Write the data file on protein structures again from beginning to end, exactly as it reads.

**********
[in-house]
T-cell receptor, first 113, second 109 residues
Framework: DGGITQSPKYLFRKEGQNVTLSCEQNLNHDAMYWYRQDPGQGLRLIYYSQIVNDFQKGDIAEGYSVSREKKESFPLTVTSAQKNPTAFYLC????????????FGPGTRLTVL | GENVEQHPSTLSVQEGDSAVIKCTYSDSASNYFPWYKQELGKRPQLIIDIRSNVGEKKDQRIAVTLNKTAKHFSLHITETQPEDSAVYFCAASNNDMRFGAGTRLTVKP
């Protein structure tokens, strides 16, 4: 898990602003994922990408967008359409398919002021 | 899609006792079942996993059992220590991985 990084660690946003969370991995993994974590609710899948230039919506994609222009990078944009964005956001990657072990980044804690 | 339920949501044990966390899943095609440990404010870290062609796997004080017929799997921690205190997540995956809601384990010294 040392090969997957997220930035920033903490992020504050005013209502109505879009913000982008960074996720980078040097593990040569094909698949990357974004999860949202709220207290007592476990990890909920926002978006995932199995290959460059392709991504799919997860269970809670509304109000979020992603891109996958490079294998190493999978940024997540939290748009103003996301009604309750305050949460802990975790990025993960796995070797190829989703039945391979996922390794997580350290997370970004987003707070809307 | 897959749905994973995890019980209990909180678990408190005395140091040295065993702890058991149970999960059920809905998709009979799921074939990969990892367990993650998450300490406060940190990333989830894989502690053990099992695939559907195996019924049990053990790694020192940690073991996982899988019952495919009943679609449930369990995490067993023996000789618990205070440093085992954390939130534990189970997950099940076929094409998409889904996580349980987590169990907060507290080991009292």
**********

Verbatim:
[in-house]
T-cell receptor, first 113, second 109 residues
Framework: DGGITQSPKYLFRKEGQNVTLSCEQNLNHDAMYWYRQDPGQGLRLIYYSQIVNDFQKGDIAEGYSVSREKKESFPLTVTSAQKNPTAFYLC????????????FGPGTRLTVL | GENVEQHPSTLSVQEGDSAVIKCTYSDSASNYFPWYKQELGKRPQLIIDIRSNVGEKKDQRIAVTLNKTAKHFSLHITETQPEDSAVYFCAASNNDMRFGAGTRLTVKP
């Protein structure tokens, strides 16, 4: 898990602003994922990408967008359409398919002021 | 899609006792079942996993059992220590991985 990084660690946003969370991995993994974590609710899948230039919506994609222009990078944009964005956001990657072990980044804690 | 339920949501044990966390899943095609440990404010870290062609796997004080017929799997921690205190997540995956809601384990010294 040392090969997957997220930035920033903490992020504050005013209502109505879009913000982008960074996720980078040097593990040569094909698949990357974004999860949202709220207290007592476990990890909920926002978006995932199995290959460059392709991504799919997860269970809670509304109000979020992603891109996958490079294998190493999978940024997540939290748009103003996301009604309750305050949460802990975790990025993960796995070797190829989703039945391979996922390794997580350290997370970004987003707070809307 | 897959749905994973995890019980209990909180678990408190005395140091040295065993702890058991149970999960059920809905998709009979799921074939990969990892367990993650998450300490406060940190990333989830894989502690053990099992695939559907195996019924049990053990790694020192940690073991996982899988019952495919009943679609449930369990995490067993023996000789618990205070440093085992954390939130534990189970997950099940076929094409998409889904996580349980987590169990907060507290080991009292």